By Steve Persall
Times Film Critic
Years melt away during J.J. Abrams' Super 8, taking viewers back to days of gremlins and Goonies, when movie kids looked and acted real, and everything was almost right with the world. That is, until the creature showed up.
Super 8 is more than nostalgia, though. Yes, it captures the feel of a steel town in 1979, and the Spielbergian sheen of a movie these children might have sat through twice on a hot Saturday afternoon. It's also a movie of here-and-now thrills, goosed by judicious CGI effects that never overpower the humanity of the situation.
Checking the credits isn't necessary to know Steven Spielberg's imagination is involved with Super 8, as a producer. This feels like a movie he would've made 30 years ago, when it seemed like every other cine-fantasy with a childlike perspective bore his name in some capacity.
Abrams is unabashed in his devotion to that era, with elements of E.T., The Goonies and Close Encounters of the Third Kind evident in his film. The hub of the plot — classmates on summer vacation making a zombie home movie — is straight from both their childhoods. The formula is simple: An ordinary situation becomes extraordinary, then scary and finally magical. I didn't realize how much I'd missed those days and movies until Super 8 revived them.
As it was then, there's a regular kid at the center of world-shaking events. Joe Lamb is as regular as kids could be before cell phones, video games and the Internet, and Joel Courtney is an actor easily projecting that cultural purity. Joe is grieving when introduced; his mother was killed in a factory accident, and his father, sheriff's Deputy Jackson Lamb (Kyle Chandler) is unsure about raising his son alone.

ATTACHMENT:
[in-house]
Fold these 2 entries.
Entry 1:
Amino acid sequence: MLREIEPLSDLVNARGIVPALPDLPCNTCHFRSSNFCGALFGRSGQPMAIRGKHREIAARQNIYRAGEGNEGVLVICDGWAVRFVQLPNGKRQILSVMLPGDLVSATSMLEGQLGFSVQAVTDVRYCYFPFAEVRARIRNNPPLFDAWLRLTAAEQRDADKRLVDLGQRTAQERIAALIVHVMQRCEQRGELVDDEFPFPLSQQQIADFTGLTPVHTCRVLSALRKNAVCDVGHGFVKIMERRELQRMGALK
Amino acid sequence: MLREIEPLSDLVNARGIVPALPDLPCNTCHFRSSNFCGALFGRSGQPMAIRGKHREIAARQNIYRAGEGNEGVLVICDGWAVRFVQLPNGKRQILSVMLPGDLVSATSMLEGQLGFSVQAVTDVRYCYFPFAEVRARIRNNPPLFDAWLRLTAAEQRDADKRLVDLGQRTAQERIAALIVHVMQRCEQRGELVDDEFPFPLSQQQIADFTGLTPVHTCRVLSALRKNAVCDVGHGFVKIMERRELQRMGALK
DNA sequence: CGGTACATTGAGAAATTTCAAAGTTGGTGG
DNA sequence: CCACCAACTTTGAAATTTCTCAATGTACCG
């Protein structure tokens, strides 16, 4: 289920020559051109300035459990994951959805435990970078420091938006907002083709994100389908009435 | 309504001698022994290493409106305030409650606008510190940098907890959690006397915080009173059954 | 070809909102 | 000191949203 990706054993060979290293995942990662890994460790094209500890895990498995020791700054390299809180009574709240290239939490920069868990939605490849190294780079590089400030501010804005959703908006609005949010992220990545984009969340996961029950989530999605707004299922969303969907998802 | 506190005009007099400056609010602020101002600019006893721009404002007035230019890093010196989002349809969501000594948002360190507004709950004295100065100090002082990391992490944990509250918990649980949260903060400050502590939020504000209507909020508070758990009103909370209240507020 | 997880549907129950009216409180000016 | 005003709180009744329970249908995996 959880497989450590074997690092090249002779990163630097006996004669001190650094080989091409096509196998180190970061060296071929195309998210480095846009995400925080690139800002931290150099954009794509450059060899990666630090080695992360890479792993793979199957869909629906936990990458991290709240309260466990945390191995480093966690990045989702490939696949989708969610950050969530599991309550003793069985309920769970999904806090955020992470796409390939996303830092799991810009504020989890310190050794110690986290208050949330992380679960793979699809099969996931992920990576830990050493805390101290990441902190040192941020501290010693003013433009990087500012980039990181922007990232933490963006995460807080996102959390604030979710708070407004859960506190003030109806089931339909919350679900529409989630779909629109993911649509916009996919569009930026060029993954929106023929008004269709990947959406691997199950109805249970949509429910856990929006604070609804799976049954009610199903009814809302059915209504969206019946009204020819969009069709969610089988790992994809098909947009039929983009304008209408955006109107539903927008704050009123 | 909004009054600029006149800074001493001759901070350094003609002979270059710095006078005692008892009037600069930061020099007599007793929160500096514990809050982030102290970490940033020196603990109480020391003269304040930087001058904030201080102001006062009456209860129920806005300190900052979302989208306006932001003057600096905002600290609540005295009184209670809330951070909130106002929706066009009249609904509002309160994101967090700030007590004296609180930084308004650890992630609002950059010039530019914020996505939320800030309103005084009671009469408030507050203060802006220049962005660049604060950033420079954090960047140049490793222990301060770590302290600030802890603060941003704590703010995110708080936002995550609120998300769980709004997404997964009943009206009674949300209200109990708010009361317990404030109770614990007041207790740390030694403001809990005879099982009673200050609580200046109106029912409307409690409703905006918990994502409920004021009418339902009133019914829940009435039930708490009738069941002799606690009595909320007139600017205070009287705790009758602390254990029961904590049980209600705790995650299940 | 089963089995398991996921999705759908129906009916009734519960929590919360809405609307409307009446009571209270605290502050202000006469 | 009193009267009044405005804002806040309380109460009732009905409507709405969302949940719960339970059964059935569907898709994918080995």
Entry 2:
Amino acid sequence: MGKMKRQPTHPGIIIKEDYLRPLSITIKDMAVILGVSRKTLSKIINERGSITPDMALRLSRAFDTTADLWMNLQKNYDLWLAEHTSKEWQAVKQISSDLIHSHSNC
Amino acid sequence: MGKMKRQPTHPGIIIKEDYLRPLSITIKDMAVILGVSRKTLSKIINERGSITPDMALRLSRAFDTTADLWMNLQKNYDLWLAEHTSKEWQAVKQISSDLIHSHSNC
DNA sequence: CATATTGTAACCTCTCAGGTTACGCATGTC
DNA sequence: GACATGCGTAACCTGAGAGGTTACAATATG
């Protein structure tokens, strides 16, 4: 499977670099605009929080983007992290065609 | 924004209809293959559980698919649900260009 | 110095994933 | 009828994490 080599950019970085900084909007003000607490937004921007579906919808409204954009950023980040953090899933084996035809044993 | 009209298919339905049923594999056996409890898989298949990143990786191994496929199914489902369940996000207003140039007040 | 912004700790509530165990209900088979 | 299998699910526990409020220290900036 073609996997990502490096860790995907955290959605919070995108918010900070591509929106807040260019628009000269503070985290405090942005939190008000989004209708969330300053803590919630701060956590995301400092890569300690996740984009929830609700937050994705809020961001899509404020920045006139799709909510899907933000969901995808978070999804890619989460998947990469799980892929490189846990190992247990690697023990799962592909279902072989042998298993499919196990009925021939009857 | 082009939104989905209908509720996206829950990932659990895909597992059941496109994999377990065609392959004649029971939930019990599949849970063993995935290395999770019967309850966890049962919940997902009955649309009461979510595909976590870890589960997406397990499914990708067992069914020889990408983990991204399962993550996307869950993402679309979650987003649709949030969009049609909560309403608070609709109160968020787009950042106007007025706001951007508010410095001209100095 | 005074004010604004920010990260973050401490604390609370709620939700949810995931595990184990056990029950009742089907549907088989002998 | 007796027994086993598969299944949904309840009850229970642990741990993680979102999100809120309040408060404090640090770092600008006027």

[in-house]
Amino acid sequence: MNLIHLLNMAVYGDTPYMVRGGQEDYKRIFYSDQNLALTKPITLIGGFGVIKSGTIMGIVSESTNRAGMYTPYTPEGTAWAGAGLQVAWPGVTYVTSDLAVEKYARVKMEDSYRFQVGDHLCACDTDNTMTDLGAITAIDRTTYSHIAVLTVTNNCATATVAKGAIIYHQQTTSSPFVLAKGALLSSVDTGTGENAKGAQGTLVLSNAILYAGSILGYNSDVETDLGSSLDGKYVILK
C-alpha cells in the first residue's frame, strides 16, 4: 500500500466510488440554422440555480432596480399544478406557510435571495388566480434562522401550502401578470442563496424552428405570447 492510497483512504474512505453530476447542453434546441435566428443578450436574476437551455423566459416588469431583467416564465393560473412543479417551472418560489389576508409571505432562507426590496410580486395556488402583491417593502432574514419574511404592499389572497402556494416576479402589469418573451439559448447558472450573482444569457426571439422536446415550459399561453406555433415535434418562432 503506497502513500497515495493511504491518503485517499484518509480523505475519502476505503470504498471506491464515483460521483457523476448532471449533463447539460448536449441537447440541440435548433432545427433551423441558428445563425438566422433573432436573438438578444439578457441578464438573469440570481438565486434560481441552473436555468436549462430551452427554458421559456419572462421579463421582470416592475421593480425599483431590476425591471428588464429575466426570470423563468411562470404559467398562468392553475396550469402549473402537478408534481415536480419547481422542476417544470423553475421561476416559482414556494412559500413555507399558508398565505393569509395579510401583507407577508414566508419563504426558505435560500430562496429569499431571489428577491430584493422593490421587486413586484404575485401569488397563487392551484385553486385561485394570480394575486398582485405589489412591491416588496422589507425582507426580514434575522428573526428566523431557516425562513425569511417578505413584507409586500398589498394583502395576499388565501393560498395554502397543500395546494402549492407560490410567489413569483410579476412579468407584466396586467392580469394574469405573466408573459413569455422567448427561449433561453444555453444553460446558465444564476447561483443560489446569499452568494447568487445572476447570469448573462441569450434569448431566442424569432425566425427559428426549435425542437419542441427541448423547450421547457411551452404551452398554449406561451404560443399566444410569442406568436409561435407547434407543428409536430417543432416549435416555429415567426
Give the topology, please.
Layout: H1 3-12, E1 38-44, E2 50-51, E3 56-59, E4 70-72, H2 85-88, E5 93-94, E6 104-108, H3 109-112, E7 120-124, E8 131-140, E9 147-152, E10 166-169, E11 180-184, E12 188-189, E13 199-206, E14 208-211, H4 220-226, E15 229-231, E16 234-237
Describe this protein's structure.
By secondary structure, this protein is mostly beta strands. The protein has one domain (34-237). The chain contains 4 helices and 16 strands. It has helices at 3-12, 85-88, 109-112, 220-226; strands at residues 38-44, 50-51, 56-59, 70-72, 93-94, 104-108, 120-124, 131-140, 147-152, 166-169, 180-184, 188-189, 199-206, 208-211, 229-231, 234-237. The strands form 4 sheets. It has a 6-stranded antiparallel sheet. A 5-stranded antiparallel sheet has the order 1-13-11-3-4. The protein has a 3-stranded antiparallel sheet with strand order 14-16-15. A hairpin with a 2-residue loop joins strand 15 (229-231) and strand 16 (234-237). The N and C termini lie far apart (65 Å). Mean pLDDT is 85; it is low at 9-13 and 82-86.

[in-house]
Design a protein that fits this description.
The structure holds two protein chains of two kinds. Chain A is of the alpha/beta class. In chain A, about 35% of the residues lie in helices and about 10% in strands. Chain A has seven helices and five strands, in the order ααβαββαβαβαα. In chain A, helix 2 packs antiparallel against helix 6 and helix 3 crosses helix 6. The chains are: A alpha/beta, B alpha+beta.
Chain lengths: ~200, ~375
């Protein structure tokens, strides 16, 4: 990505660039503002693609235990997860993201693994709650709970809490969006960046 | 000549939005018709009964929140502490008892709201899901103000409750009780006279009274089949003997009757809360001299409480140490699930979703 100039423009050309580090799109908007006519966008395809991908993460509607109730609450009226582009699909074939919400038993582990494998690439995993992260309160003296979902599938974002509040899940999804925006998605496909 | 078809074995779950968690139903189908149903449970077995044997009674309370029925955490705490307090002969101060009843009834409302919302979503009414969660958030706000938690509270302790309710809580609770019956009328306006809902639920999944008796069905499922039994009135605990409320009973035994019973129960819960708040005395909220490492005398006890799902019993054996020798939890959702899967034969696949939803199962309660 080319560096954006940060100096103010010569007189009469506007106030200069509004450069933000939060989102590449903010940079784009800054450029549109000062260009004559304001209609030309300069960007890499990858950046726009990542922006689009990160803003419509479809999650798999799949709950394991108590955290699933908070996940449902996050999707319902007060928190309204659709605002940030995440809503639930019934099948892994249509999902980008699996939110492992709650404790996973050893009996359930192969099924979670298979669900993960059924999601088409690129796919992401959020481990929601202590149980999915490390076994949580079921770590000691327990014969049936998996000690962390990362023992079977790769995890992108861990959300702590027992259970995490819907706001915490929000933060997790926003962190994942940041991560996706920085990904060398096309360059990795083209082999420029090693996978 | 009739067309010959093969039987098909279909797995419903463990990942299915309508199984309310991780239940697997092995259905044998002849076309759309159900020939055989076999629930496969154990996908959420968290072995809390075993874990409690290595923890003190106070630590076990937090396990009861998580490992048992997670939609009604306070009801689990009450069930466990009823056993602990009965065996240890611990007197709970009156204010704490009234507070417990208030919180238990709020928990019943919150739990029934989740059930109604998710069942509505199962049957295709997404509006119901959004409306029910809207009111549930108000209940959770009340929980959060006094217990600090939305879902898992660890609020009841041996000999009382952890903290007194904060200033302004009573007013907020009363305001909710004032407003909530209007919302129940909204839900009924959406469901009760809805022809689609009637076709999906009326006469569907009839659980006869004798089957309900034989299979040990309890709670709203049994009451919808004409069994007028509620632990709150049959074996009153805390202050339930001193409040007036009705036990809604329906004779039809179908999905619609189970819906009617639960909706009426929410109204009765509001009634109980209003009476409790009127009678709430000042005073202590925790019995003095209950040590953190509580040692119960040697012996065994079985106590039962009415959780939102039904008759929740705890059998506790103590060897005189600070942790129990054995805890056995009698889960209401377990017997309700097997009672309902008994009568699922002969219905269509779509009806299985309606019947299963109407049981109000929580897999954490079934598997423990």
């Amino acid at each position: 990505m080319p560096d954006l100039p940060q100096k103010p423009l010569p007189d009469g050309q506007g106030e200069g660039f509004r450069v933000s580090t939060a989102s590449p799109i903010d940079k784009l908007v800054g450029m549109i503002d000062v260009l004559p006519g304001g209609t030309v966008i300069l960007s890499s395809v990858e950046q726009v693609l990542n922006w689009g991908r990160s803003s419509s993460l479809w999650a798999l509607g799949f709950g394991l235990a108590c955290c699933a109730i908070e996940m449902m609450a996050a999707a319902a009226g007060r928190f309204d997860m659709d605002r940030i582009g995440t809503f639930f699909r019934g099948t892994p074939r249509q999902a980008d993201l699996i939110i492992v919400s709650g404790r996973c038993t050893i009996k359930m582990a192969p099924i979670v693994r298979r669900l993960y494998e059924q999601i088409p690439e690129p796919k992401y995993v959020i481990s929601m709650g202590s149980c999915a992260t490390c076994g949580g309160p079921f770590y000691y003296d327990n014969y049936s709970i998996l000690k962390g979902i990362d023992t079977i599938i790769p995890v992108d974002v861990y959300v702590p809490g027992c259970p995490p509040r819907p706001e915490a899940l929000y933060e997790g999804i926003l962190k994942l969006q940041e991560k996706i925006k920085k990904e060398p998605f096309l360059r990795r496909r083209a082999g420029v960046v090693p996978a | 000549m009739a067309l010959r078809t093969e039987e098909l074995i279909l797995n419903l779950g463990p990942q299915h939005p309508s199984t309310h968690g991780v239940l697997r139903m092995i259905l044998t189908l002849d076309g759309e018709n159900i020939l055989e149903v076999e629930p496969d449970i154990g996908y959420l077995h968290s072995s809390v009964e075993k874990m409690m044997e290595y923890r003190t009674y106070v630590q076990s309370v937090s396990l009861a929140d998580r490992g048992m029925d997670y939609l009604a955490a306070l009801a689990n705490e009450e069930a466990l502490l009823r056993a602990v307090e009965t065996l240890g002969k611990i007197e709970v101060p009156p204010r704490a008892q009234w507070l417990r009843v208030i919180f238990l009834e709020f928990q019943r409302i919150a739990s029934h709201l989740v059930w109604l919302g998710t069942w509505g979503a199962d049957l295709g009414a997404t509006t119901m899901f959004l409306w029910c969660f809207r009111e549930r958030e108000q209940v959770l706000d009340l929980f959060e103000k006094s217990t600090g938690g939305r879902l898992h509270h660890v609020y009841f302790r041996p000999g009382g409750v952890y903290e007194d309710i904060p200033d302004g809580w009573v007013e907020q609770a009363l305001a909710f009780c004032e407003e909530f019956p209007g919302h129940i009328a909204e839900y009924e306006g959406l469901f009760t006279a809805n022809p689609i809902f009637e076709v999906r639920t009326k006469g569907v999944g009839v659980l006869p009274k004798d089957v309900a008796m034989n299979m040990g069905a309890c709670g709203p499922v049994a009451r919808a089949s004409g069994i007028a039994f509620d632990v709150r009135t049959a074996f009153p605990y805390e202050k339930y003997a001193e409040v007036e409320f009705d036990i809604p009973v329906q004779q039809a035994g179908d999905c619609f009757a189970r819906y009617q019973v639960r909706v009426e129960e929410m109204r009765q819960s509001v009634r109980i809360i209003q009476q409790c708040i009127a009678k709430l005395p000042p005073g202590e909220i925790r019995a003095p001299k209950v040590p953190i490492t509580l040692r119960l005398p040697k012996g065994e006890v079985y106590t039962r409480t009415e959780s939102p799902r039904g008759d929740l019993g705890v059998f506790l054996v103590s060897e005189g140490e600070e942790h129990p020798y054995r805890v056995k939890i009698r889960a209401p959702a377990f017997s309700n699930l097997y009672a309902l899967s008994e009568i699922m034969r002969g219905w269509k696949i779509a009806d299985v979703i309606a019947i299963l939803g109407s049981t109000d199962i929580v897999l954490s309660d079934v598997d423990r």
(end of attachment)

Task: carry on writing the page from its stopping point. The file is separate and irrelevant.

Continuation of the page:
Joe's only respite is getting together with his pals to make a movie, with pudgy, pushy Charles (Riley Griffiths) directing, using tips picked up from magazines and a Super 8 camera. The star is Martin (Gabriel Basso), who's too gawky to be convincing as a hard-boiled detective but he's handy. The zombies are mostly played by Cary (Ryan Lee), a firebug by hobby who loves playing undead.
Of course, there's a girl, an unattainable object of chaste desire for Joe and his buddies. She is Alice (Elle Fanning), a kind of sawed-off Grace Kelly — and if you don't believe that just check Abrams' movie star camera pan on her face when she's introduced. Alice's father (Ron Eldard) and Joe's dad don't like each other, for reasons that — like much of Super 8 — shouldn't be spoiled.
One night's filming at a train station puts the boys and Alice in a catastrophic situation when a passing train derails. You probably won't see a more thrilling action sequence in any movie this year, a sickening pileup of twisted metal and flames with the heroes barely dodging flying debris. It's also the only sequence that feels contemporary, since '80s computer effects were primitive compared to today's.
Yes, there's an alien involved, teased by Abrams with Cloverfield peek-a-booism. The invader's motivations and ambitions are mysteries for much of the film, as they will be here. But make no mistake: Super 8 is worth the extra effort to remain in the dark, so its old-school popcorn delights stay fresh. Abrams is dealing with an extraterrestrial, but what he's really fiddling with is time travel, back to the '80s when kids hadn't yet seen it all.
Steve Persall can be reached at firstname.lastname@example.org or (727) 893-8365.